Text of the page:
Small amounts of caffeine can be found in the leaves and flowers of several citrus plants, including grapefruit, lemon, and orange, but not in the fruits.
As a result of rising corn prices, some farmers now supplement cattle feed with candy, such as Skittles, as a way to provide a cheaper source of carbohydrates for the cows.
Spelt, a staple grain in Ancient Rome and medieval Europe, is especially rich in manganese, phosphorus, and niacin.
Before European contact with the Americas, tomatoes were not used in Italian food, peanuts were not used in Thai food, and chili peppers were not used in Indian food.
Lemongrass can be used to both repel mosquitos and attract honey bees. It is also a solid dietary source of iron, magnesium, and zinc.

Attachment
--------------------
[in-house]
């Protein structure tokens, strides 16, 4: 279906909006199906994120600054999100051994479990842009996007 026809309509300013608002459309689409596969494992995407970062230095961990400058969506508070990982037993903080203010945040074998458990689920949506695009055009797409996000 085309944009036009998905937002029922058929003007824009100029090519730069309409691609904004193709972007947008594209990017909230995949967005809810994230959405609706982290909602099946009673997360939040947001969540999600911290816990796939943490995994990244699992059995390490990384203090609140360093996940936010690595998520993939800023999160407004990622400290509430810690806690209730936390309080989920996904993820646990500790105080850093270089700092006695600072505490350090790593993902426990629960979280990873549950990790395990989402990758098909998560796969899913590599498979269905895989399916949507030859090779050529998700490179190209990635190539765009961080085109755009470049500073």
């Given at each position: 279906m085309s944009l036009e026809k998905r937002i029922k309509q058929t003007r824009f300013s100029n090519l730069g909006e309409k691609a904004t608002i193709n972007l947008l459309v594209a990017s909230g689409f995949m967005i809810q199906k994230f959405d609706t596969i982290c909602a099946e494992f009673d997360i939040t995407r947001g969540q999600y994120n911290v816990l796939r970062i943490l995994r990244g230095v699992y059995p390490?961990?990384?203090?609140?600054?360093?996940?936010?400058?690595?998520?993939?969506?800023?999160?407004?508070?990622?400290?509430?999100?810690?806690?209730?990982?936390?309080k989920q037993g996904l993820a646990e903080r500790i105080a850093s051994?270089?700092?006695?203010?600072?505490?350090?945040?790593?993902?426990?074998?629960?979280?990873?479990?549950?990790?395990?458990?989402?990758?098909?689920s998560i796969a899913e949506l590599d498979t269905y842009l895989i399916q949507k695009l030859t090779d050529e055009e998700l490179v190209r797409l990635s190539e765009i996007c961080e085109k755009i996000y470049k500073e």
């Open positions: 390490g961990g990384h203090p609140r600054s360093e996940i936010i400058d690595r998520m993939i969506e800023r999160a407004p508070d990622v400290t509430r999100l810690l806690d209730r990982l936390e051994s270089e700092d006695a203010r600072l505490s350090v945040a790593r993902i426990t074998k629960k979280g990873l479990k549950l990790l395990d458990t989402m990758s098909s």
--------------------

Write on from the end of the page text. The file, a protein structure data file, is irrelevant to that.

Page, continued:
Raw cashews contain urushiol, an allergenic chemical also found in poison ivy that causes a skin rash. Almost all cashews sold today have already been shelled and cooked to remove the urushiol.
It takes about 400 cocoa beans to make one pound of chocolate, although some types of chocolate require even more than that.
If Santa Claus visits 500 million homes this Christmas, and has two bites of cookie and one sip of milk at each house, he could easily consume more than 35 billion calories.
Capsaicin, a component in chili peppers that produces the heat sensation, is created by the pepper plant to stop animals from eating its fruit. It does not affect birds, which spread the plant’s seeds.
Kumquats are one of the highest fruit sources of calcium. They are also rich in fiber, vitamin A, and vitamin C.